Rob Urie is an artist and political economist. His book Zen Economics will be published by CounterPunch / AK Press shortly.
One year after the Boston Marathon bombing, the ACLU’s Kade Crockford questions whether the surveillance practices of law enforcement and an increasingly militarized police force will prevent terrorism.
Paramilitary occupiers say they won’t leave until Kiev government resigns — despite Putin’s agreement with the West
Pro-Russian activists who have occupied government buildings in over 10 Ukrainian cities said today they would not leave until the unelected Kiev government resigns.
Denis Pushilin of the Donetsk People’s Republic organisation told reporters that the activists did not recognise the Ukrainian government as legitimate.
Russia, Ukraine, the EU and US agreed on Thursday that paramilitary groups in Ukraine should leave official buildings.
At a meeting in Geneva they reached a deal calling for all groups to disarm and immediately leave government buildings they have seized across the country.
But apparently no-one had consulted the Russian-speaking activists in Ukraine’s east.
Speaking at the occupied regional headquarters in Donetsk, Mr Pushilin noted that the deal specified that all illegally seized buildings should be vacated.
He insisted that the unelected Kiev government was also occupying public buildings illegally.
“This is a reasonable agreement, but everyone should vacate the buildings and that includes Yatsenyuk and Turchynov,” he said, referring to the Kiev government’s prime minister and president.
Mr Pushilin reiterated the call for a referendum on self-determination for the Donetsk region by May 11.
He said activists would not hand over their weapons until the Kiev “junta” halted efforts to reclaim the buildings.
“As far as disarmament goes, the Kiev junta has already begun violating its agreements since yesterday, by announcing that it will not pull its troops out of Slovyansk and Kramatorsk,” Mr Pushilin observed.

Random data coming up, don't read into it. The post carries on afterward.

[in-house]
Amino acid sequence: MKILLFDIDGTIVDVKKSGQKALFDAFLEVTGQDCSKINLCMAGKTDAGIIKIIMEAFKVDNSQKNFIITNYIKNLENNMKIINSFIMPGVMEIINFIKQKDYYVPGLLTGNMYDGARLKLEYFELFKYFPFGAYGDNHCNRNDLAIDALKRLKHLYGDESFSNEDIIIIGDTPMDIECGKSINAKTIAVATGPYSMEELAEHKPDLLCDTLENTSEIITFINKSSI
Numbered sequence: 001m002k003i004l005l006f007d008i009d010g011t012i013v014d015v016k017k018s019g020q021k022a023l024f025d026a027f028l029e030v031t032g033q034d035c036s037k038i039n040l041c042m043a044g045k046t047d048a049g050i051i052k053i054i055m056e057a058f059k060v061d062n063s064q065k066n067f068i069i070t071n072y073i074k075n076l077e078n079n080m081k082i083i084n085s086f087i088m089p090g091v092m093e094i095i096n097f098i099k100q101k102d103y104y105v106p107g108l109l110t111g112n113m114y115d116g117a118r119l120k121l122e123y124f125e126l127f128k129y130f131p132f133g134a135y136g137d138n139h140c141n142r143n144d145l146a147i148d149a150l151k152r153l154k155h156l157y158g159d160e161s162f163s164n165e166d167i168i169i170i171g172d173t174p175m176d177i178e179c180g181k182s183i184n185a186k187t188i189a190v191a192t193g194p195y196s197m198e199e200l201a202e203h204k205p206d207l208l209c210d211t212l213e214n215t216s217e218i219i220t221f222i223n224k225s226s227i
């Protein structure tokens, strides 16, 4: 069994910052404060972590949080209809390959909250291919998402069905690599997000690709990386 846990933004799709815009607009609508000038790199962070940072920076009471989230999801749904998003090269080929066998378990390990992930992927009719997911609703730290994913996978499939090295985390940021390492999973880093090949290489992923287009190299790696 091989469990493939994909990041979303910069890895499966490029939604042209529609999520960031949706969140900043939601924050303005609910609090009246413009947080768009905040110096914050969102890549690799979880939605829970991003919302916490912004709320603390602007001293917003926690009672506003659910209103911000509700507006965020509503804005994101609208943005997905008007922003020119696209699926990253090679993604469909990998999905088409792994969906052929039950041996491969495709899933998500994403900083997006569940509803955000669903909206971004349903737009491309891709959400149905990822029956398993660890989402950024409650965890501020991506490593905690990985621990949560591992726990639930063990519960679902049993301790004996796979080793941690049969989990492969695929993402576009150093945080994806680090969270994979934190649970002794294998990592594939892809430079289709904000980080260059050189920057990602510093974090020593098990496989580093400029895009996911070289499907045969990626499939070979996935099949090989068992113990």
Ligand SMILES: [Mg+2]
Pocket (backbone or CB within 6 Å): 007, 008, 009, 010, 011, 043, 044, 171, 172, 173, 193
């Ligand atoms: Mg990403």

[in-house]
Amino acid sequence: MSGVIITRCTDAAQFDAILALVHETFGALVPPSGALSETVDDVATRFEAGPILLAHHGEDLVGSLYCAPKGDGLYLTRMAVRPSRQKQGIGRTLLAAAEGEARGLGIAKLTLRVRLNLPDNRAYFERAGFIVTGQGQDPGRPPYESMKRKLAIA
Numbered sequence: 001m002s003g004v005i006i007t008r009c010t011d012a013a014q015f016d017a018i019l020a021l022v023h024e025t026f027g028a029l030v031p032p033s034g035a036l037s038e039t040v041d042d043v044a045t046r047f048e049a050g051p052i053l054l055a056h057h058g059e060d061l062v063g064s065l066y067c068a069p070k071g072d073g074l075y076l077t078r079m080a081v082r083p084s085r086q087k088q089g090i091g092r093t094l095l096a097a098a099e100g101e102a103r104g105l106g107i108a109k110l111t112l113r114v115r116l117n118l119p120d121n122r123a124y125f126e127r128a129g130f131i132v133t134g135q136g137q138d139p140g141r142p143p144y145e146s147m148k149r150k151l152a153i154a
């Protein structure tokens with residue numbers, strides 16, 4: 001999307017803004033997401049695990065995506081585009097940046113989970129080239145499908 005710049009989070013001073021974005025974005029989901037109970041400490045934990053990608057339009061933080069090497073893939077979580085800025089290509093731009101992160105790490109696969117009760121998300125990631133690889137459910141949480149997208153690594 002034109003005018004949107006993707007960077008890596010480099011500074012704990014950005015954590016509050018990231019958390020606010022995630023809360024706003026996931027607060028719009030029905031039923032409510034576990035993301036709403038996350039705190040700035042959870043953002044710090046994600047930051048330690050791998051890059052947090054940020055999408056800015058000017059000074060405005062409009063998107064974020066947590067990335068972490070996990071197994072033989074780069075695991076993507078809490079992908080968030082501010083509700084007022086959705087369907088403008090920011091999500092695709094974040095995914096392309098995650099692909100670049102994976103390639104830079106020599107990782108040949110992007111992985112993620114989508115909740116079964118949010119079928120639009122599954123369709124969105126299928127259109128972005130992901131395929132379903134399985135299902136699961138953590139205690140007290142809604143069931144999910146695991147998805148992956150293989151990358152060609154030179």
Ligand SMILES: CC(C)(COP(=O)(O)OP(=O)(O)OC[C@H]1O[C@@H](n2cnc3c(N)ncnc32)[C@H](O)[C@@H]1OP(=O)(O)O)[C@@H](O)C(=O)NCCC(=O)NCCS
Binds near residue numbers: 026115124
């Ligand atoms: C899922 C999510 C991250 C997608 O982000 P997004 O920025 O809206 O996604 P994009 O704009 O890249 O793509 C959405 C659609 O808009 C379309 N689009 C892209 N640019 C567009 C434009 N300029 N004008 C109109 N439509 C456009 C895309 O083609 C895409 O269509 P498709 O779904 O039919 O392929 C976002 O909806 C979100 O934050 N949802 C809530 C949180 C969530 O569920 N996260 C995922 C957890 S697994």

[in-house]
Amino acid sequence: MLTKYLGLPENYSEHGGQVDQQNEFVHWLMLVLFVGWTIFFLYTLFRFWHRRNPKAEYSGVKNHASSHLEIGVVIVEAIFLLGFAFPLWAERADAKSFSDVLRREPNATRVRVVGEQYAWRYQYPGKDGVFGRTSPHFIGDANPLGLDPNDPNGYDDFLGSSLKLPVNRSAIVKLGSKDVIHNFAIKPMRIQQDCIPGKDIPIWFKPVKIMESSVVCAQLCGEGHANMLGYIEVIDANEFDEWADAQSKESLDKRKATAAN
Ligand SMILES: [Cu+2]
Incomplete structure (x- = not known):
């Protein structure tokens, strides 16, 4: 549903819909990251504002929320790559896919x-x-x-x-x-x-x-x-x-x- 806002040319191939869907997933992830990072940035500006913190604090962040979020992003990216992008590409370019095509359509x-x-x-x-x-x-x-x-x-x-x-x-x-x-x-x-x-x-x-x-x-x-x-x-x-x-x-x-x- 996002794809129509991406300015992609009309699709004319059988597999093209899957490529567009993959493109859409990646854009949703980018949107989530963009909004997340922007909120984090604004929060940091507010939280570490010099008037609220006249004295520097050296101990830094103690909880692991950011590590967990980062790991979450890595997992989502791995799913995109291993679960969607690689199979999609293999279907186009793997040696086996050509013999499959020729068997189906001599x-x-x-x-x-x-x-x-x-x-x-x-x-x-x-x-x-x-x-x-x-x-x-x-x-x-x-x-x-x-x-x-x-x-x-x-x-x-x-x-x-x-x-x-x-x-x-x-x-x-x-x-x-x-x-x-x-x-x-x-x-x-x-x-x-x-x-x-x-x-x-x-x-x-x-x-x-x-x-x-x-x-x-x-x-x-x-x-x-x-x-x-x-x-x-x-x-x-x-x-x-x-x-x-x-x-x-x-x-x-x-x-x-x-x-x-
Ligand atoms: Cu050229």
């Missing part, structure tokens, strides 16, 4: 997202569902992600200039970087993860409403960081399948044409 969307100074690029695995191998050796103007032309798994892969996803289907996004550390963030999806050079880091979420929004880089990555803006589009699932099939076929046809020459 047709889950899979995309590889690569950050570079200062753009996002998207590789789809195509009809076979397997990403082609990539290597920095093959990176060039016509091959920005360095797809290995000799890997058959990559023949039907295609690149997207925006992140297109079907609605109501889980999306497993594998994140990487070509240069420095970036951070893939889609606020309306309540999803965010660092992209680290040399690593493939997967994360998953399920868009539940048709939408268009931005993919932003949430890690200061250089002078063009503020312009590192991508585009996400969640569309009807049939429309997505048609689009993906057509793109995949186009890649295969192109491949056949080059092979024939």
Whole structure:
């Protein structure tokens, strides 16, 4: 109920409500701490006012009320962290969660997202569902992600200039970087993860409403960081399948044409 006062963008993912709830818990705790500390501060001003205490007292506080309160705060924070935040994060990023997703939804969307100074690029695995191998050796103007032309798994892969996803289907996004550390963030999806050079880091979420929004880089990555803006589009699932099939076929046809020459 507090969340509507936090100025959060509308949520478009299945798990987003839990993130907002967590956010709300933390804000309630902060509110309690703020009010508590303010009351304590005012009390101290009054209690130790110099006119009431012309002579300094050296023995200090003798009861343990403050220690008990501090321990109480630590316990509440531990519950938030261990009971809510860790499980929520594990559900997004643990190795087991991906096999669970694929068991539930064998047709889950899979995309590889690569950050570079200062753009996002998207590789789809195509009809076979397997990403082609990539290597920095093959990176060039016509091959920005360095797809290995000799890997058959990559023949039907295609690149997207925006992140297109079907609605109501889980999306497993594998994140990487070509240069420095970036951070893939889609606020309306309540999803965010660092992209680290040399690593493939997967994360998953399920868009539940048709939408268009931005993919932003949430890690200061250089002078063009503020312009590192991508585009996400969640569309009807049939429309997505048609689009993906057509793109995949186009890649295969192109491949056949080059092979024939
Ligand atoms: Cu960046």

Prime Minister Arseniy Yatsenyuk told the Kiev parliament yesterday that the government had drafted a law offering amnesty to all those willing to lay down arms and leave occupied government buildings in conformity with the Geneva deal.
Russian Foreign Minister Sergei Lavrov emphasised on Thursday that the requirement applied to all parties.
His statement appeared to be a reference to fascist group Right Sector, whose thugs still occupy Kiev city hall.
Russia’s Foreign Ministry had no immediate comment on Mr Pushilin’s statement.
But pro-Russian Ukrainian presidential candidate Oleh Tsaryov, whose statements often echo Moscow’s stance, said yesterday the Right Sector should be the first to respond.
Via Morning Star
Uncle Sam might be the country’s most morbid debt collector.
In a story that seems destined to become Fox News fodder, theWashington Post reports today that the Treasury Department is seizing IRS refunds from hundreds of thousands of taxpayers this year to pay off old Social Security debts that, in some cases, might have belonged to their deceased parents.
The Post is unclear on exactly how many grown children are now being asked to pony up on behalf of dear Mom and Dad. But it seems to be more than a few. The 2008 Farm Bill gave the Treasury Department permission to collect on debts more than 10 years old, and since 2011, it’s been doing so with gusto. This year, the Social Security Administration has found 400,000 taxpayers who, it says, collectively owe $714 million to the government for debts that have been lingering more than a decade.